My local theater was relatively new having only opened two years earlier, so the technology there was still top-notch. As a matter of fact, they were one of the first theaters in the world to install the Lucas-designed surround sound system ahead of The Phantom Menace being released. Add in the fact that they would be offering the first showing of the new release at 12:01 AM that fateful Friday, and the fact that they would be playing it in multiple theaters around the clock earned it the designation of the number one place in the world to see the new Star Wars movie.

While I didn’t go to the 12:01 AM showing, I did reserve tickets for the 7:00 PM showing on opening night and bought ten tickets so that any of my friends interested in going would have seats. I found no shortage of people who wanted to go that night. The crowd roared its approval as the familiar Star Wars “crawl” rolled up the screen and we all settled in to enjoy the unique experience together.

Star Wars: Episode 1 – The Phantom Menace features Obi-Wan Kenobi as a young apprentice Jedi knight under the tutelage of Qui-Gon Jinn; Anakin Skywalker, who will later father Luke Skywalker and become known as Darth Vader, is just a 9-year-old boy. When the Trade Federation cuts off all routes to the planet Naboo, Qui-Gon, and Obi-Wan are assigned to settle the matter. Along the way they meet the underwater race of the Gungans, discover a new Sith apprentice is after them, and have to help free the Naboo from the Trade Federation and battle the Sith apprentice known as Darth Maul.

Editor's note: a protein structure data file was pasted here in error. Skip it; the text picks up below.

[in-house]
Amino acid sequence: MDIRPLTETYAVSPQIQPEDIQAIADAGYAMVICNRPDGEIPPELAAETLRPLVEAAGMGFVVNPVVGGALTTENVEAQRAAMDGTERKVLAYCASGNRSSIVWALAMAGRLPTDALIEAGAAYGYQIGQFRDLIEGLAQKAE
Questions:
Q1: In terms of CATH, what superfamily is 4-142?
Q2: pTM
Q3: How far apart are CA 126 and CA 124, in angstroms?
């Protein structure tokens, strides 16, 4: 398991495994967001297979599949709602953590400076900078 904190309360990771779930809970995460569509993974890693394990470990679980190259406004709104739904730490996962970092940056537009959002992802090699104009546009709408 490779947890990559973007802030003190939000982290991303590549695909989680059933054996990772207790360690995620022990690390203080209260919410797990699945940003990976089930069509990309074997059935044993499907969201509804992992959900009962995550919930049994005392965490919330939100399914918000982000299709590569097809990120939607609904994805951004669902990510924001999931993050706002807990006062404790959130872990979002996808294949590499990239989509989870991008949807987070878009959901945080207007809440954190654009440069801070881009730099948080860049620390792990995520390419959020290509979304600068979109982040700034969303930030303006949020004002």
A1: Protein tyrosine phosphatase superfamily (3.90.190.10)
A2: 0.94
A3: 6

Now in the years since the film was released, the prequel has caught a lot of crap. But for someone like me who was never a serious fanboy, I had no issues with the prequels in general, or The Phantom Menace in particular. I thought it was an amazingly fun film and a great experience in the theater.

Having watched the movie another dozen times since that initial viewing, I still feel the same way. What Lucas and team was able to put on screen was beautiful and captivating. While I never cared much for the character of Jar Jar Binks, I’m not overly annoyed with him like most of the fanbase. I really don’t care either way.

The cinematography is top-notch in The Phantom Menace, with every shot being epic and beautiful. The story filled in some gaps and questions from the original trilogy, and you couldn’t really ask for much more action than the film provided.

The initial battle scene between the Jedi and the Trade Federation droids, the underwater chase scene, the pod race, the big battle on Naboo between the Gungans and the Droids, the fighter battle in space, and the fantastic final showdown between the Jedi and Darth Maul were all packed with excitement.

So while a lot of serious Star Wars fans pick nits with the film, as a casual fan, I think it’s great, and recommend it to anyone who has never seen it, and urge those who have to give it another look and appreciate what was accomplished by the filmmakers.

4.0 stars.

Re-watch: Dazed and Confused (1993)